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How safe is your sausage? Holding manufacturers accountable

On Behalf of | Oct 16, 2019 | Class Actions

As residents of the United States, we have the expectation that our food supply will be safe and free of adulterants and/or contamination. We trust that the agencies tasked with oversight of the food manufacturing processes can prevent diseases from spreading throughout the population.

Brace yourself, then. As of last month, the county’s pork supply just became much less safe due to the present administration’s changes to the industry’s regulations.

What changed?

In the early part of the 20th century, the government passed laws limiting speeds of pork manufacturing lines to allow government inspectors sufficient time to inspect the meat for signs of contamination. The administration proposed doing away with the slower speeds, thus putting both pork industry workers and consumers at greater risk.

But wait, there’s more

The changes also include reducing the number of inspectors from government agencies with oversight of the industry. The 40% reduction means that those inspectors now are replaced by employees of the company they are monitoring.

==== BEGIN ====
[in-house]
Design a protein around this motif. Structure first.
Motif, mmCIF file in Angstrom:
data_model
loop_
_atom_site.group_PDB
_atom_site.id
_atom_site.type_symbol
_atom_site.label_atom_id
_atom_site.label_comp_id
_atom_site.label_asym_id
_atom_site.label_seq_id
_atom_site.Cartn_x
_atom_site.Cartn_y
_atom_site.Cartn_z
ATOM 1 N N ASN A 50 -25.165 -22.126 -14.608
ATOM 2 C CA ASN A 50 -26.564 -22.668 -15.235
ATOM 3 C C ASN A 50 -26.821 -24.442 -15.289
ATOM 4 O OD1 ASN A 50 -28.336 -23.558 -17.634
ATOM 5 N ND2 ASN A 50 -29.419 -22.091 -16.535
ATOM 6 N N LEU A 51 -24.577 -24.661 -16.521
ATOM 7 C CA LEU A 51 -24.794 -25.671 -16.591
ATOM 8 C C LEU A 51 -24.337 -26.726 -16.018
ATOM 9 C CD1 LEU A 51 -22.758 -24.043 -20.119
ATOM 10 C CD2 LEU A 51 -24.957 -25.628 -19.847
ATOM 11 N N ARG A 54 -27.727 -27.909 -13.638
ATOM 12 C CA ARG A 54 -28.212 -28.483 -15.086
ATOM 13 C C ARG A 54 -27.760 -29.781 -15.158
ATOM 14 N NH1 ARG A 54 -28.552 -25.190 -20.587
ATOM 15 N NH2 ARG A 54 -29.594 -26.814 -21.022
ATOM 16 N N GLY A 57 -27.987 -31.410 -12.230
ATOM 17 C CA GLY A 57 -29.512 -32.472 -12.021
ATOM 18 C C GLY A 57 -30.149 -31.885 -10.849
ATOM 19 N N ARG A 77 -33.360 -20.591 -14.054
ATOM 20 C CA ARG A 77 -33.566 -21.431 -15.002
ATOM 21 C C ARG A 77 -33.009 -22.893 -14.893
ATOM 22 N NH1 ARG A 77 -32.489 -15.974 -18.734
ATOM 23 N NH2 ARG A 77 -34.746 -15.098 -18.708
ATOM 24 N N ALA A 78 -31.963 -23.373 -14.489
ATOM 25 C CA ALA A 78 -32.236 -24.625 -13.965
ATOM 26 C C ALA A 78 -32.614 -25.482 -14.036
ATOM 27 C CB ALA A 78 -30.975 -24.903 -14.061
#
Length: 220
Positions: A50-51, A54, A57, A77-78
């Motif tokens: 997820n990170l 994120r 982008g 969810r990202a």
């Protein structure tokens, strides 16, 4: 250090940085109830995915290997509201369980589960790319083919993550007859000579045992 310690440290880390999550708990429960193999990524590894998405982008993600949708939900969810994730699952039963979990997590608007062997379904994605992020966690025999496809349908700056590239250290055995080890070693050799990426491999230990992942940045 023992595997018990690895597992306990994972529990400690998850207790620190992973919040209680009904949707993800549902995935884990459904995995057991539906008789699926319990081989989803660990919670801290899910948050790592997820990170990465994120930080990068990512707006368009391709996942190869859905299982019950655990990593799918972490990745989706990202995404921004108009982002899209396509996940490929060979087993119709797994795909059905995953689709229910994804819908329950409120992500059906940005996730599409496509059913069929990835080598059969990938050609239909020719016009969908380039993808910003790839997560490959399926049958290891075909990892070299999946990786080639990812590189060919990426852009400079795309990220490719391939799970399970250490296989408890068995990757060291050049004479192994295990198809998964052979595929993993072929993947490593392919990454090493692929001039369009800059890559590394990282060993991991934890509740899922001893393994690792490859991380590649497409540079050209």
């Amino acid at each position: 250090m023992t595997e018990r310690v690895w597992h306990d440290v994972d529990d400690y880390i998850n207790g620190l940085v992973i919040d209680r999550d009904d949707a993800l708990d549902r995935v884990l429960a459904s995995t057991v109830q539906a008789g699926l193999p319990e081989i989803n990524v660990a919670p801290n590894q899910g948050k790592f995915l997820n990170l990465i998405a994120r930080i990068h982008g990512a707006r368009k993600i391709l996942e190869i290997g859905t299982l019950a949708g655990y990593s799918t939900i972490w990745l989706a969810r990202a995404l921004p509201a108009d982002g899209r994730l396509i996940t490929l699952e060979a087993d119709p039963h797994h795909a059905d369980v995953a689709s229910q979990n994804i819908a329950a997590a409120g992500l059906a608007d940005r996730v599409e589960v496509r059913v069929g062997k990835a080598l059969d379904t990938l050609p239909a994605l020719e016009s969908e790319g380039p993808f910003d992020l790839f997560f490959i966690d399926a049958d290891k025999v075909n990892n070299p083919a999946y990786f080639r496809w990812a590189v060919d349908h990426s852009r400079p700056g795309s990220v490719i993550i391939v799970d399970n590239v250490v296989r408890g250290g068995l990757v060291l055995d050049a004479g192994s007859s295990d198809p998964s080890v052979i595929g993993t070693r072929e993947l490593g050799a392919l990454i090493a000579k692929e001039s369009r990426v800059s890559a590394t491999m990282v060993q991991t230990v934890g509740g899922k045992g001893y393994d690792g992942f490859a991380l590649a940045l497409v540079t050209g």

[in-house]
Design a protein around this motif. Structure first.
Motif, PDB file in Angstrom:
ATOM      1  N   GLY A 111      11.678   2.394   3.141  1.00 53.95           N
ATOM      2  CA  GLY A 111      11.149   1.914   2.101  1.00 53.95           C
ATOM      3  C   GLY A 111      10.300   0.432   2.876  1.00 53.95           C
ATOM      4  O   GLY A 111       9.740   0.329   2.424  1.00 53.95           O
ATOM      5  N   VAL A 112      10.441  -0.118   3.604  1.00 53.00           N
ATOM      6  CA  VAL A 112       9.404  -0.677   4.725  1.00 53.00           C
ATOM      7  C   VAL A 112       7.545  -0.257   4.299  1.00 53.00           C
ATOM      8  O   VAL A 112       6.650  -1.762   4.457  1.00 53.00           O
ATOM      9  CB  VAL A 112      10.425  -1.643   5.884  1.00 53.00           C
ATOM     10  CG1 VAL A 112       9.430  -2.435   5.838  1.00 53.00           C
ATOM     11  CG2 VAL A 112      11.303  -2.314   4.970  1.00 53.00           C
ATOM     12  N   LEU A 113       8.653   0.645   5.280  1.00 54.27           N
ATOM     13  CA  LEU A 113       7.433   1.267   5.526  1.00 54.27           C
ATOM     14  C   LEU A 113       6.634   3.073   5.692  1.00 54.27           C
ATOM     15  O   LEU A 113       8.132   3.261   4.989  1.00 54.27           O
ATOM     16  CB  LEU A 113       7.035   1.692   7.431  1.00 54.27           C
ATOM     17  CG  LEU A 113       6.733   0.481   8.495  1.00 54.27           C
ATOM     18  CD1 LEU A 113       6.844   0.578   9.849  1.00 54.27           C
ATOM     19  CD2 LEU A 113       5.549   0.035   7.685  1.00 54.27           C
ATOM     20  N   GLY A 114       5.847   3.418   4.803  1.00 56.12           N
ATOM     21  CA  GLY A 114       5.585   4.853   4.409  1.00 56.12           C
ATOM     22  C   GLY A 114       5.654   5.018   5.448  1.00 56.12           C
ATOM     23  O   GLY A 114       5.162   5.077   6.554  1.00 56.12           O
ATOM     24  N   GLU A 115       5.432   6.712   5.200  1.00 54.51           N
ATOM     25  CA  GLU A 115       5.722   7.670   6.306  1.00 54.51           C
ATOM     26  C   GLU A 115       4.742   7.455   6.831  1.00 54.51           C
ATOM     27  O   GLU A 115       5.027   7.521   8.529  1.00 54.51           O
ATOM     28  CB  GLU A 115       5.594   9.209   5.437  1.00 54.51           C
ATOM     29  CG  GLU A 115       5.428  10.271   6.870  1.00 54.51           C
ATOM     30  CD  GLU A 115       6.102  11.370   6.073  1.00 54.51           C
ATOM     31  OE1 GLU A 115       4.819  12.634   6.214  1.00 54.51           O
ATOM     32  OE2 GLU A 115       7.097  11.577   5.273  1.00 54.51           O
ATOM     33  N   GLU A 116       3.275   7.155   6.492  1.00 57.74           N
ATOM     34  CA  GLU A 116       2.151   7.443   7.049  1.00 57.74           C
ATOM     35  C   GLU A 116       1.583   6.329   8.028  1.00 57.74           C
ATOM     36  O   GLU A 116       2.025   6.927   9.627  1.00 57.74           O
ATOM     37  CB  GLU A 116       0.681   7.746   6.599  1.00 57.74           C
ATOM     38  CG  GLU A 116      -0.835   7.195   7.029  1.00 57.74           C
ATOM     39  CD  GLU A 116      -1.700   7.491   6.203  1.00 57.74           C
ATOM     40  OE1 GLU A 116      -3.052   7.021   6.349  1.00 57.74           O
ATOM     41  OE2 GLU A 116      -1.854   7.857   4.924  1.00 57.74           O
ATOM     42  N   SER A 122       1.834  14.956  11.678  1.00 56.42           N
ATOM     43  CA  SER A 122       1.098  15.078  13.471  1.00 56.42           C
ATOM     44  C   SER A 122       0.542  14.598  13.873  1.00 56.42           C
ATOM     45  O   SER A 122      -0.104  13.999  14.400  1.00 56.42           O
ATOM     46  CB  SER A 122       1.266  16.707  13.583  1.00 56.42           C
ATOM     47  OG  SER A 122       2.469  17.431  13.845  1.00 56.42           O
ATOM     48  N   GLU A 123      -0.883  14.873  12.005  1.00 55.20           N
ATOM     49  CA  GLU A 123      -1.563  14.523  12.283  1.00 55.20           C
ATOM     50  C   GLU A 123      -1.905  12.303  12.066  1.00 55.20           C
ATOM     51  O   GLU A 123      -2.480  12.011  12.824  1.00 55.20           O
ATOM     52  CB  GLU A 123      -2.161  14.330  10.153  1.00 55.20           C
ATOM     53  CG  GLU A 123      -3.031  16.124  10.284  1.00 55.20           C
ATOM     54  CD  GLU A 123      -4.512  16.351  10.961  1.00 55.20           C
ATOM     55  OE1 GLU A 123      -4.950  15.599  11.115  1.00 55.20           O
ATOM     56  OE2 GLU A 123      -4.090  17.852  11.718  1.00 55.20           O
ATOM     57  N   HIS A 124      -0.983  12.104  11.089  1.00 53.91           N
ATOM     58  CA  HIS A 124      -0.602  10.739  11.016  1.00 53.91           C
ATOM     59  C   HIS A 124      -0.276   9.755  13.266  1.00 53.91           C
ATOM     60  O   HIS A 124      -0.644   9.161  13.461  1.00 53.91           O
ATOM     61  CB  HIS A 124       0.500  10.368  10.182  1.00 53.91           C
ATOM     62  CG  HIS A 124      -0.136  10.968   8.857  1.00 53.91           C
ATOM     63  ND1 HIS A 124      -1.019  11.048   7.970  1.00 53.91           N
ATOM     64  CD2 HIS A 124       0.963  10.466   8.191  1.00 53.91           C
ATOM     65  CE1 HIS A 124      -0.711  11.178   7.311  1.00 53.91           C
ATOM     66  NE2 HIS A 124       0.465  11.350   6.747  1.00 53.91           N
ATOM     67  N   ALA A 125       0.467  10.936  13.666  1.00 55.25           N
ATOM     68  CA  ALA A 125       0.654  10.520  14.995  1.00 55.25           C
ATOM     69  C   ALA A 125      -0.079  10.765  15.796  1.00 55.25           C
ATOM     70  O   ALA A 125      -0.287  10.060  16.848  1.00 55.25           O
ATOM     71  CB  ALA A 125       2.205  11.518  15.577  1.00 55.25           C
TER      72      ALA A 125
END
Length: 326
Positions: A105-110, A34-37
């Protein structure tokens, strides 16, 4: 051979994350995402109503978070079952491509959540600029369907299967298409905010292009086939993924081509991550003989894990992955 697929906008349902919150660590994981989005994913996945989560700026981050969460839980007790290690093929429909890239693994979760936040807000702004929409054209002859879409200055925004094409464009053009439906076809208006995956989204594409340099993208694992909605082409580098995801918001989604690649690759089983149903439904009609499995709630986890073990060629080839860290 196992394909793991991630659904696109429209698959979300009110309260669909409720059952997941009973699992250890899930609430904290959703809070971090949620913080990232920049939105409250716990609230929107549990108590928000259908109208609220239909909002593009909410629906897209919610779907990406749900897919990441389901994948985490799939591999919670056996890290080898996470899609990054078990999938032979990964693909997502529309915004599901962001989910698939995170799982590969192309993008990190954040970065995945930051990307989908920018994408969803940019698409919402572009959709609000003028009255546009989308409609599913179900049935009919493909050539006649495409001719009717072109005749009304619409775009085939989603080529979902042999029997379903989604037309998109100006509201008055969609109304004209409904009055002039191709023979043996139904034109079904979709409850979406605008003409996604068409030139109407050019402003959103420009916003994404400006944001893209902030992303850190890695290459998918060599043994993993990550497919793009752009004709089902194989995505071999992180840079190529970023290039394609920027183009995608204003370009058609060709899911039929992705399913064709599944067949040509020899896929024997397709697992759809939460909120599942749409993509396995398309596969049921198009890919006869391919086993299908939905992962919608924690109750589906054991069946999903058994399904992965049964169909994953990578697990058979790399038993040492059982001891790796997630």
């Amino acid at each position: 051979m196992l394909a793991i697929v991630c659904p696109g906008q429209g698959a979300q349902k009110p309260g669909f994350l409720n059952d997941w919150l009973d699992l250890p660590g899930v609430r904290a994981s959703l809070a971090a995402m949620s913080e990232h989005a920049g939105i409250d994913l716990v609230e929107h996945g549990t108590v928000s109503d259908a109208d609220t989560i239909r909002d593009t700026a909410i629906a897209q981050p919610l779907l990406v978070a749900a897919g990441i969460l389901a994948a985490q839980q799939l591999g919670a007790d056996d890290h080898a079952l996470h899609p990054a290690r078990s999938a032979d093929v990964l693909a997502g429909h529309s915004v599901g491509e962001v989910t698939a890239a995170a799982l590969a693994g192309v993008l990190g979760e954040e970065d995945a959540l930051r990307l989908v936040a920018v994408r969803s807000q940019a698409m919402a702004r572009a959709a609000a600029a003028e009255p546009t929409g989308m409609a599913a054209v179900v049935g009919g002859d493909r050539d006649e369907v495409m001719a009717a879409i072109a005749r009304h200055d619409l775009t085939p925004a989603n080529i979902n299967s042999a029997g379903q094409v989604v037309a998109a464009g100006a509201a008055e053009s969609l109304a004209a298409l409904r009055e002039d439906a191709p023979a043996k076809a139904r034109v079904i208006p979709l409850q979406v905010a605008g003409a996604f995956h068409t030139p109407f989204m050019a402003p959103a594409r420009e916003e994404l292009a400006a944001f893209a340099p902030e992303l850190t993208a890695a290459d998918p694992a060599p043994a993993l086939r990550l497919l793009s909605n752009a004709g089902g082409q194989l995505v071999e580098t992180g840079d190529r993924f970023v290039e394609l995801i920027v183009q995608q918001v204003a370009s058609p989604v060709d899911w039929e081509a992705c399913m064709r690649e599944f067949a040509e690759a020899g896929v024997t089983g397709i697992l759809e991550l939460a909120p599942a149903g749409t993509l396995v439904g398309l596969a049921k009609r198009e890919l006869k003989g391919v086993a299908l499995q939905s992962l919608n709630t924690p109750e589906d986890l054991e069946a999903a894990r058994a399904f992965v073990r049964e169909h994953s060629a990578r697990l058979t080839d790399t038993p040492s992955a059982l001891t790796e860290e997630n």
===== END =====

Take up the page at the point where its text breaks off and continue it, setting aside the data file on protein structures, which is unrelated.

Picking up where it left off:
Perhaps worst of all, there are no specifications whatsoever that these inspectors be trained or supervised by the U.S. Department of Agriculture (USDA). Pork manufacturers are now free to create their own programs to test for microbiological contamination — or not. There are no longer uniform standards in place that pork manufacturers must meet in order for their products to be deemed safe for consumers.

Playing field far from even

Under the new rules, Company A may be concerned with consumer and worker safety and put in place stringent requirements to keep them safe.

But Company B? Not so much. They value profit over product safety and take full advantage of the lax regulations and oversight. People can get sick and even die as a result.

Problems already evident

Perhaps to little surprise, there are already issues with the new directives. A pilot project involving five pork slaughterhouses shows the adverse impact of this type of industry deregulation. A consumer review of government data derived from those five plants determined that these operations with fewer inspectors and speeded-up production lines resulted in an increase in regulatory violations.

Hold companies liable for safety and health violations

What, if anything, can consumers do when companies expose them to hazards? They are not without recourse, and one way is to seek compensation for their damages, injuries and losses by joining together with other plaintiffs and filing a class action lawsuit.

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